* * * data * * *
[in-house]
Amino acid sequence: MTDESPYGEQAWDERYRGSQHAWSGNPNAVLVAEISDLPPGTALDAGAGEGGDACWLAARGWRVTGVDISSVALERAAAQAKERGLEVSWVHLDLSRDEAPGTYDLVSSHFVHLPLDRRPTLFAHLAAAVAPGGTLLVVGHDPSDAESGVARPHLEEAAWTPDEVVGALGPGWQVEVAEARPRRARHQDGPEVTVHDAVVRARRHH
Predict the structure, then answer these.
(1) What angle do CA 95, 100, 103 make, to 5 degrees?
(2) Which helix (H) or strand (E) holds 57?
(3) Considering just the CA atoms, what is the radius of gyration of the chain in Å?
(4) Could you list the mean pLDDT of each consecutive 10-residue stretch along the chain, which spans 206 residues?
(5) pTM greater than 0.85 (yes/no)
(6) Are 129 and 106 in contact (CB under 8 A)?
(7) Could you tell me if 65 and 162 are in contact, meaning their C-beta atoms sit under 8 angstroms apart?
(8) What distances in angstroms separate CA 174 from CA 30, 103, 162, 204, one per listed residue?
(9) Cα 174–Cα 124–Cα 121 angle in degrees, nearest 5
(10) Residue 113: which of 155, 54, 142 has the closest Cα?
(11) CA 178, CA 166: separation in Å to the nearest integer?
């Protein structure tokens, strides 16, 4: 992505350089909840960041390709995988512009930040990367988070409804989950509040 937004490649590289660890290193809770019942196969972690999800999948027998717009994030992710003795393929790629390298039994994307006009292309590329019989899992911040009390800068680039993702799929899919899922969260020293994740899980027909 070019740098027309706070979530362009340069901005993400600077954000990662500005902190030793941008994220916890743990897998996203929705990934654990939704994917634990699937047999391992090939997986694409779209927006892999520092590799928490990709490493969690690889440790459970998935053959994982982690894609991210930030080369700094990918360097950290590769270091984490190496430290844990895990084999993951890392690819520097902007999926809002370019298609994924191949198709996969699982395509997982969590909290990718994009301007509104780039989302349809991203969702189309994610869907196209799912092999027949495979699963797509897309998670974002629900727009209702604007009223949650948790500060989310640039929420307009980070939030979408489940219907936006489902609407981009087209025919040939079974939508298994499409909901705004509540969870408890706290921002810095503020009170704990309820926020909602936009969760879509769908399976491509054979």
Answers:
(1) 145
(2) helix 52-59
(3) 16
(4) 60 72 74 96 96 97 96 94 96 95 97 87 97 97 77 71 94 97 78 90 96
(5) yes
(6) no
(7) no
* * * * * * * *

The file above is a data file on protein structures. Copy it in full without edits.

[in-house]
Amino acid sequence: MTDESPYGEQAWDERYRGSQHAWSGNPNAVLVAEISDLPPGTALDAGAGEGGDACWLAARGWRVTGVDISSVALERAAAQAKERGLEVSWVHLDLSRDEAPGTYDLVSSHFVHLPLDRRPTLFAHLAAAVAPGGTLLVVGHDPSDAESGVARPHLEEAAWTPDEVVGALGPGWQVEVAEARPRRARHQDGPEVTVHDAVVRARRHH
Predict the structure, then answer these.
(1) What angle do CA 95, 100, 103 make, to 5 degrees?
(2) Which helix (H) or strand (E) holds 57?
(3) Considering just the CA atoms, what is the radius of gyration of the chain in Å?
(4) Could you list the mean pLDDT of each consecutive 10-residue stretch along the chain, which spans 206 residues?
(5) pTM greater than 0.85 (yes/no)
(6) Are 129 and 106 in contact (CB under 8 A)?
(7) Could you tell me if 65 and 162 are in contact, meaning their C-beta atoms sit under 8 angstroms apart?
(8) What distances in angstroms separate CA 174 from CA 30, 103, 162, 204, one per listed residue?
(9) Cα 174–Cα 124–Cα 121 angle in degrees, nearest 5
(10) Residue 113: which of 155, 54, 142 has the closest Cα?
(11) CA 178, CA 166: separation in Å to the nearest integer?
């Protein structure tokens, strides 16, 4: 992505350089909840960041390709995988512009930040990367988070409804989950509040 937004490649590289660890290193809770019942196969972690999800999948027998717009994030992710003795393929790629390298039994994307006009292309590329019989899992911040009390800068680039993702799929899919899922969260020293994740899980027909 070019740098027309706070979530362009340069901005993400600077954000990662500005902190030793941008994220916890743990897998996203929705990934654990939704994917634990699937047999391992090939997986694409779209927006892999520092590799928490990709490493969690690889440790459970998935053959994982982690894609991210930030080369700094990918360097950290590769270091984490190496430290844990895990084999993951890392690819520097902007999926809002370019298609994924191949198709996969699982395509997982969590909290990718994009301007509104780039989302349809991203969702189309994610869907196209799912092999027949495979699963797509897309998670974002629900727009209702604007009223949650948790500060989310640039929420307009980070939030979408489940219907936006489902609407981009087209025919040939079974939508298994499409909901705004509540969870408890706290921002810095503020009170704990309820926020909602936009969760879509769908399976491509054979």
Answers:
(1) 145
(2) helix 52-59
(3) 16
(4) 60 72 74 96 96 97 96 94 96 95 97 87 97 97 77 71 94 97 78 90 96
(5) yes
(6) no
(7) no